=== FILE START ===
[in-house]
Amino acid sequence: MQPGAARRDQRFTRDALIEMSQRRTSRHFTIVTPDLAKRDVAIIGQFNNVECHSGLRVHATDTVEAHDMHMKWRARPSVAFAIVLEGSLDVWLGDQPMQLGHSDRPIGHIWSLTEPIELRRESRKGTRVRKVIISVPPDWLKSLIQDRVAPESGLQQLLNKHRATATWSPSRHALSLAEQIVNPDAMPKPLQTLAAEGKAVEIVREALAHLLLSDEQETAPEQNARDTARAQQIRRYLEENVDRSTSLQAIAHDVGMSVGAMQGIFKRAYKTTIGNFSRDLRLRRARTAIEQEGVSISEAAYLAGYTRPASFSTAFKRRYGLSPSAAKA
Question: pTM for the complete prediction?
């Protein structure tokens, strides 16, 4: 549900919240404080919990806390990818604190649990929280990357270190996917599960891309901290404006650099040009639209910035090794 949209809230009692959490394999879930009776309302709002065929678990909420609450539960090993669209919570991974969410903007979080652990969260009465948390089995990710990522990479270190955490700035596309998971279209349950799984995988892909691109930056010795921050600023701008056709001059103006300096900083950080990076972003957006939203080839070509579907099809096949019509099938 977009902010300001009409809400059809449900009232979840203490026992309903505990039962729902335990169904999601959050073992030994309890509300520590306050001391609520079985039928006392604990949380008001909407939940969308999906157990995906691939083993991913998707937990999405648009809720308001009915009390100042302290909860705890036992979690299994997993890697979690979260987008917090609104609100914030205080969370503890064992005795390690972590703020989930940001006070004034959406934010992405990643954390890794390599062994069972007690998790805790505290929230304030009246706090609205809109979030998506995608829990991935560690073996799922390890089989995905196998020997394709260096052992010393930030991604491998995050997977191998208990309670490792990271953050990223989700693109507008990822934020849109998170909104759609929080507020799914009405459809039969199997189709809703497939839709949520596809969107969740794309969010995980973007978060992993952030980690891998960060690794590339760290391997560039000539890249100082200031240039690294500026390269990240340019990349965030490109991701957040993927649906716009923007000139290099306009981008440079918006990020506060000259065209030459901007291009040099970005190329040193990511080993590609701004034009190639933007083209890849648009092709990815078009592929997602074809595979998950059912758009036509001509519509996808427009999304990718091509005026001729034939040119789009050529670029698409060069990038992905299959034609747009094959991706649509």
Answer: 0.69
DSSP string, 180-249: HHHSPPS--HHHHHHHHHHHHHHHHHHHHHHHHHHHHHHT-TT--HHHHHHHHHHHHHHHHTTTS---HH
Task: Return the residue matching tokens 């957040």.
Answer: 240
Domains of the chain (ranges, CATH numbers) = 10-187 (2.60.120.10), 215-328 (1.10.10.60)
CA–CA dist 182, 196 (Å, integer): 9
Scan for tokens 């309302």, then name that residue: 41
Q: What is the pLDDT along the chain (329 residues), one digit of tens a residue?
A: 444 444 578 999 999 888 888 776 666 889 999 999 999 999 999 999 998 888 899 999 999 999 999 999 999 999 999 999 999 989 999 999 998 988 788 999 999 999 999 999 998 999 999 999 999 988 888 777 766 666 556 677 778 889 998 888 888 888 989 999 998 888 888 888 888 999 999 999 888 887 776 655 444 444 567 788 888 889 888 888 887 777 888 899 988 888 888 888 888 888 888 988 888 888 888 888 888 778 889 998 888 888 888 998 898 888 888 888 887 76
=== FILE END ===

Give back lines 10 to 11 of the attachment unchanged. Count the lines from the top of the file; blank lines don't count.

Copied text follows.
CA–CA dist 182, 196 (Å, integer): 9
Scan for tokens 């309302």, then name that residue: 41